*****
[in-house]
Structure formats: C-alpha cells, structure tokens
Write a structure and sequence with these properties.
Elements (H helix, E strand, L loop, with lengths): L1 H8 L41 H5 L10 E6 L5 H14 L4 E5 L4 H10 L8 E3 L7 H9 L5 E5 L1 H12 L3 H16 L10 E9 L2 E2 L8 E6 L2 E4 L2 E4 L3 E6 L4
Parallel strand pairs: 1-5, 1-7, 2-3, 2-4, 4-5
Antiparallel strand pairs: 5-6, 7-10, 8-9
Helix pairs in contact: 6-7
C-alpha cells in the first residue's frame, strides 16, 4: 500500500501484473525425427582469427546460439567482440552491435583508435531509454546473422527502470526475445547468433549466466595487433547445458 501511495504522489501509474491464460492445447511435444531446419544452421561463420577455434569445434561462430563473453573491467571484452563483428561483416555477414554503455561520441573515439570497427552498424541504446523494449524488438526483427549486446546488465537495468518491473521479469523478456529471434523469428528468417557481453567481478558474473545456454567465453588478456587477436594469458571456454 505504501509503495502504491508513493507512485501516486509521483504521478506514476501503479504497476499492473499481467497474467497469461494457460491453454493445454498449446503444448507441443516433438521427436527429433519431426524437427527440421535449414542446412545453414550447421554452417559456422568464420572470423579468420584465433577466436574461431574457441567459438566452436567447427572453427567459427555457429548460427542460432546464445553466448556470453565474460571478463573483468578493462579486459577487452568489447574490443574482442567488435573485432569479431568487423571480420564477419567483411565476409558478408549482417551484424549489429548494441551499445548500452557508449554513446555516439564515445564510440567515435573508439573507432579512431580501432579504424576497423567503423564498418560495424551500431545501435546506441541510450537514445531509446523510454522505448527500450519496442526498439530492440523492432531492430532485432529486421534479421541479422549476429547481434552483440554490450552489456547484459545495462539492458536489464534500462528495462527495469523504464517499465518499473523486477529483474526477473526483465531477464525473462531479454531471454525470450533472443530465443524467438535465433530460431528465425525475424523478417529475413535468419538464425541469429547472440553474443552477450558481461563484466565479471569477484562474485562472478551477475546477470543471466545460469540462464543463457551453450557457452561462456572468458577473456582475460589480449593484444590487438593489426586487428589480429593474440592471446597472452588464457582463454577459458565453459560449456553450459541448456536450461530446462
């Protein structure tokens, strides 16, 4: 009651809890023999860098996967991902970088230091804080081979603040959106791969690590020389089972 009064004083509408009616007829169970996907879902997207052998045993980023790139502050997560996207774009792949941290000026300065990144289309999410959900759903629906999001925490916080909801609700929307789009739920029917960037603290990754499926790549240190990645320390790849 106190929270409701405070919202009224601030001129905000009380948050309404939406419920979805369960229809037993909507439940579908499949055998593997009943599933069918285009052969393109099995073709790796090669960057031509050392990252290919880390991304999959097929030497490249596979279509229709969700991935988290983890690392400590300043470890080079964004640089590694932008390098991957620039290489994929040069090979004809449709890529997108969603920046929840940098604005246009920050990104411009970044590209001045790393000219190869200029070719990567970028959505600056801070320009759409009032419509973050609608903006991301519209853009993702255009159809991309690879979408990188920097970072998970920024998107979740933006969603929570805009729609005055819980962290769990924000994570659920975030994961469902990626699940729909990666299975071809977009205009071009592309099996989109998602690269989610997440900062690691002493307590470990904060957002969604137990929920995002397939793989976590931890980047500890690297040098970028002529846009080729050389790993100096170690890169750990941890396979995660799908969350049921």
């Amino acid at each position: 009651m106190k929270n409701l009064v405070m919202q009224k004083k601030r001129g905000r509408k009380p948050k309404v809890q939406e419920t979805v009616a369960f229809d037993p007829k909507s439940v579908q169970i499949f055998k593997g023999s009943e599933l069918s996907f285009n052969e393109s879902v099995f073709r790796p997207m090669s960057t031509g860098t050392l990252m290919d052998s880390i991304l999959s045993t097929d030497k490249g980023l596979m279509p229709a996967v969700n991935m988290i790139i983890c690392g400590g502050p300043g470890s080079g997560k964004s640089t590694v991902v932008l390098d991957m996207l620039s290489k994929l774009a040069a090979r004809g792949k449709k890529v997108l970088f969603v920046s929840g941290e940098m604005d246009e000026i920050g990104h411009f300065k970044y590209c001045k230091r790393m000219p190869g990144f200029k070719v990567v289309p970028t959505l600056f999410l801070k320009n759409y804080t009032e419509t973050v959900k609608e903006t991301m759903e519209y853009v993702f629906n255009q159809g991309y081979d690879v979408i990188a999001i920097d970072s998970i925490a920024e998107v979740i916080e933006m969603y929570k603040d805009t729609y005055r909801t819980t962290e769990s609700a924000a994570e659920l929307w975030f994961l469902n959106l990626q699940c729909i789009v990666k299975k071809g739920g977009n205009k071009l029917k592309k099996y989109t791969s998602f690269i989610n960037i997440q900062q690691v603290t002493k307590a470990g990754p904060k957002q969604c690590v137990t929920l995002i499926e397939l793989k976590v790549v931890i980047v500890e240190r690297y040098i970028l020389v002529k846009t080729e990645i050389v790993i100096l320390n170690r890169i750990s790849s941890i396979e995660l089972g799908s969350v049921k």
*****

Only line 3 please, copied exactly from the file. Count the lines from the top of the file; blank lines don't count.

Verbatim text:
Write a structure and sequence with these properties.